Learn about light therapy for the winter blues
In fact, full-spectrum light therapy is frequently recommended by doctors over antidepressant medications for the treatment for seasonal affective disorder (SAD) — a condition that affects 1.2 million Canadians each winter as sunlight grows scarce.
Light therapy, or luminotherapy, involves sitting or working near a special box or device that emits bright light mimicking natural sunlight. If you experience the winter blahs, light therapy may be just what you need to get through the long, dark days of January and February. Below are five important things to know about luminotherapy.
All light boxes are not created equal
The intensity of light emitted by a light therapy box is measured in lux. The higher the lux, the more intense the light will be and the shorter the treatment time required. A 2,500-lux lamp, for example, may require that you bathe in the light for 2 hours daily, while a 10,000-lux lamp can shorten your treatment time to just 30 minutes a day.
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Blue light can boost your moods
Although exposure to blue light at night has been found to reduce melatonin production and disrupt the brain’s natural sleep-wake cycle, research shows that bathing in blue light during the day can have mood-elevating benefits. It’s believed that blue light plays an integral role in your brain’s ability to regulate emotions, thereby preventing depression and SAD. A study conducted by Brigham and Women’s Hospital in Boston found that artificial blue light helps improve focus and alertness, especially during the winter months.
Light therapy isn’t only for depression
While the most popular use of the light therapy box is to treat depression and SAD, luminotherapy has also been found to be effective in the treatment of sleep disorders, skin conditions, and even dementia.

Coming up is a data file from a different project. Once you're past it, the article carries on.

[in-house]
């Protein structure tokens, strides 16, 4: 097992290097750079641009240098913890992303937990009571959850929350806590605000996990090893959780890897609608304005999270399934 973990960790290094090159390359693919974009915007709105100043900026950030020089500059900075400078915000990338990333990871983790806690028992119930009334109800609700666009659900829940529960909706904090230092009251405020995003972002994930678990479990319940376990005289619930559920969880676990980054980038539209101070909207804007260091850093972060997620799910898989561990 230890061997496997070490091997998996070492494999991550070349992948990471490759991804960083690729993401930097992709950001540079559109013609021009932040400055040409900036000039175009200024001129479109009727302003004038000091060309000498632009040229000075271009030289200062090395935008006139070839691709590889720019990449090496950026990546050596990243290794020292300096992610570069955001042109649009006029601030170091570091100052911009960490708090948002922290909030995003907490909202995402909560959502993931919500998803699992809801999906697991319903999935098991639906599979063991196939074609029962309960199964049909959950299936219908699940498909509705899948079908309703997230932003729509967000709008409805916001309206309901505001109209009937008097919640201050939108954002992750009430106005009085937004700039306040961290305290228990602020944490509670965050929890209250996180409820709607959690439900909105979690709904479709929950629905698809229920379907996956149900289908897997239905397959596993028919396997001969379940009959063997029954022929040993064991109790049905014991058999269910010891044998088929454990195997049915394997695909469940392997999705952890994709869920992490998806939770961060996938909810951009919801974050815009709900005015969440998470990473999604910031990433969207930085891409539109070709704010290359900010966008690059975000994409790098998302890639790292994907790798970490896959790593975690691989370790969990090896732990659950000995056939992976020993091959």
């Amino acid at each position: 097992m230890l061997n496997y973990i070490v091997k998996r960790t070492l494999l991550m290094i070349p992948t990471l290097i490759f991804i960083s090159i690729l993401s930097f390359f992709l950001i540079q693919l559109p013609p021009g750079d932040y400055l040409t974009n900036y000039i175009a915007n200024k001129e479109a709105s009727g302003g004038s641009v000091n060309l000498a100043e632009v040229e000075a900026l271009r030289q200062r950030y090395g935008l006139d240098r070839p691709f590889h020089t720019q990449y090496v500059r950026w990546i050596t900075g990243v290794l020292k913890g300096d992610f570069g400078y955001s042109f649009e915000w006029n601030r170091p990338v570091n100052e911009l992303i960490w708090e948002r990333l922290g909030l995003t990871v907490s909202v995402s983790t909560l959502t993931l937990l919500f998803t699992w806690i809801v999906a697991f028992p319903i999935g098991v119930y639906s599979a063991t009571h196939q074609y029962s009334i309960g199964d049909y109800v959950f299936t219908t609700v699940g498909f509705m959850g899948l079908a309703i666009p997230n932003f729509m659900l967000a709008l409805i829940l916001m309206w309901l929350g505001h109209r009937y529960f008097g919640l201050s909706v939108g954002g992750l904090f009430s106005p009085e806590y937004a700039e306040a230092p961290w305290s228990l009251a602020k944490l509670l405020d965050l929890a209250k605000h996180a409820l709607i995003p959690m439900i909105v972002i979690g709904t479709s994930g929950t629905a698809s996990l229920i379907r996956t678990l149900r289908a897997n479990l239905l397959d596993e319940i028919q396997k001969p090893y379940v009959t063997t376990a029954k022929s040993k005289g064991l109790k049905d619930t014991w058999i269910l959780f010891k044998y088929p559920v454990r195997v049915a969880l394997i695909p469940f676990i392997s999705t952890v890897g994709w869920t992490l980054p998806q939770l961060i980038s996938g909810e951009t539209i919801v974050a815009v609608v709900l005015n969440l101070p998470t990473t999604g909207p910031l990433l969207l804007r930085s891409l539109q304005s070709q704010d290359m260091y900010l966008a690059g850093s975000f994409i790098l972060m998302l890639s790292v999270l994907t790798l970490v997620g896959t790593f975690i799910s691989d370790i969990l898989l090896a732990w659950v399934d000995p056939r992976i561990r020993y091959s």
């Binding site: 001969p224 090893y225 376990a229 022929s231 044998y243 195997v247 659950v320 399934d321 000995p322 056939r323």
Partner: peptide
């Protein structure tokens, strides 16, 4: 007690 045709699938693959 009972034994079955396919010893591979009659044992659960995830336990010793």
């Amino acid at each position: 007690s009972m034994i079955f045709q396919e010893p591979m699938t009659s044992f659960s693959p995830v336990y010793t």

Light therapy isn’t harmless
Many people assume that because light therapy doesn’t involve medications, it can’t be harmful. While light therapy is generally considered to be safe, overexposure to bright light can lead to uncomfortable side effects like eye strain, headaches, and nausea. Another serious concern is exposure to ultraviolet (UV) light. According to the Mayo Clinic, using a light box that isn’t designed to filter out harmful UV light can lead to eye and skin damage.
Light boxes can be expensive
A new light box can cost anywhere from $250 to over $600 depending on its features and the intensity of light it puts out, but the initial price tag isn’t the only factor to consider when considering the cost of a light box. You’ll also need to take running costs into account. Generally, the higher-priced light boxes have long-lasting LEDs and require shorter treatment times, which can help keep your energy and bulb replacement costs low over the long term.
A good alternative to buying a brand new light box is to purchase second-hand. This way, you can enjoy all of the features and benefits of a higher-quality model for much less than the retail price. Buying a used light box is an especially good idea if you’re new to luminotherapy, as you can test out the effectiveness of a few different models before investing in a new unit.